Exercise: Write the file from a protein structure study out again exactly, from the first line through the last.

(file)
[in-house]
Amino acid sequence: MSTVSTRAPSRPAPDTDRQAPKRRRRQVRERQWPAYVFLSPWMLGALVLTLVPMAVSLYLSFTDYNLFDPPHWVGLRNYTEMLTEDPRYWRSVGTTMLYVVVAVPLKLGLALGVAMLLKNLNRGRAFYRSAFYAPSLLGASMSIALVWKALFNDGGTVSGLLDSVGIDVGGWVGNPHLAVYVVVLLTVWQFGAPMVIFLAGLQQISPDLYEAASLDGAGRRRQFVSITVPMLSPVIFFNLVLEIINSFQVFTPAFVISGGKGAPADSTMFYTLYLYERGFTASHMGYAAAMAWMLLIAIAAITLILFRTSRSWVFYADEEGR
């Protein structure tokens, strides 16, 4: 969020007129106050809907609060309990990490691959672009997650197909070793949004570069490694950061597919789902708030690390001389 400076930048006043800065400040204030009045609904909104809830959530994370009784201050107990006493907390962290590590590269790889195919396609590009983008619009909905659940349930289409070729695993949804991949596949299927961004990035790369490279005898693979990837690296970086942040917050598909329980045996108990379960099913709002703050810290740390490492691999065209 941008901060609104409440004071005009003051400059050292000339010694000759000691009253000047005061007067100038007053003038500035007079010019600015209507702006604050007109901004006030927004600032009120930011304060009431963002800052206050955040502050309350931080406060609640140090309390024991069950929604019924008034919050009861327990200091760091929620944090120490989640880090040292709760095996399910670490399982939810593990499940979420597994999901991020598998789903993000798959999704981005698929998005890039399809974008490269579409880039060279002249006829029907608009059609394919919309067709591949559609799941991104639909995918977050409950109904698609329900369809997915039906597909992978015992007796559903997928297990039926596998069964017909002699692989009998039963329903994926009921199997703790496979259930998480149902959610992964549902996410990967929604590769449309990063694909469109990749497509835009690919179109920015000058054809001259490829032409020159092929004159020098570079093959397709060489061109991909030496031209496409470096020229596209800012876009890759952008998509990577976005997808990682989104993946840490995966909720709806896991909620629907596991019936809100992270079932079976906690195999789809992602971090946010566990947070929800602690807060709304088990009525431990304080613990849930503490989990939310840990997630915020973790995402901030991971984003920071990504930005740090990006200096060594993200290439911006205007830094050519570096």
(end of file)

[in-house]
Amino acid sequence: MSTVSTRAPSRPAPDTDRQAPKRRRRQVRERQWPAYVFLSPWMLGALVLTLVPMAVSLYLSFTDYNLFDPPHWVGLRNYTEMLTEDPRYWRSVGTTMLYVVVAVPLKLGLALGVAMLLKNLNRGRAFYRSAFYAPSLLGASMSIALVWKALFNDGGTVSGLLDSVGIDVGGWVGNPHLAVYVVVLLTVWQFGAPMVIFLAGLQQISPDLYEAASLDGAGRRRQFVSITVPMLSPVIFFNLVLEIINSFQVFTPAFVISGGKGAPADSTMFYTLYLYERGFTASHMGYAAAMAWMLLIAIAAITLILFRTSRSWVFYADEEGR
């Protein structure tokens, strides 16, 4: 969020007129106050809907609060309990990490691959672009997650197909070793949004570069490694950061597919789902708030690390001389 400076930048006043800065400040204030009045609904909104809830959530994370009784201050107990006493907390962290590590590269790889195919396609590009983008619009909905659940349930289409070729695993949804991949596949299927961004990035790369490279005898693979990837690296970086942040917050598909329980045996108990379960099913709002703050810290740390490492691999065209 941008901060609104409440004071005009003051400059050292000339010694000759000691009253000047005061007067100038007053003038500035007079010019600015209507702006604050007109901004006030927004600032009120930011304060009431963002800052206050955040502050309350931080406060609640140090309390024991069950929604019924008034919050009861327990200091760091929620944090120490989640880090040292709760095996399910670490399982939810593990499940979420597994999901991020598998789903993000798959999704981005698929998005890039399809974008490269579409880039060279002249006829029907608009059609394919919309067709591949559609799941991104639909995918977050409950109904698609329900369809997915039906597909992978015992007796559903997928297990039926596998069964017909002699692989009998039963329903994926009921199997703790496979259930998480149902959610992964549902996410990967929604590769449309990063694909469109990749497509835009690919179109920015000058054809001259490829032409020159092929004159020098570079093959397709060489061109991909030496031209496409470096020229596209800012876009890759952008998509990577976005997808990682989104993946840490995966909720709806896991909620629907596991019936809100992270079932079976906690195999789809992602971090946010566990947070929800602690807060709304088990009525431990304080613990849930503490989990939310840990997630915020973790995402901030991971984003920071990504930005740090990006200096060594993200290439911006205007830094050519570096």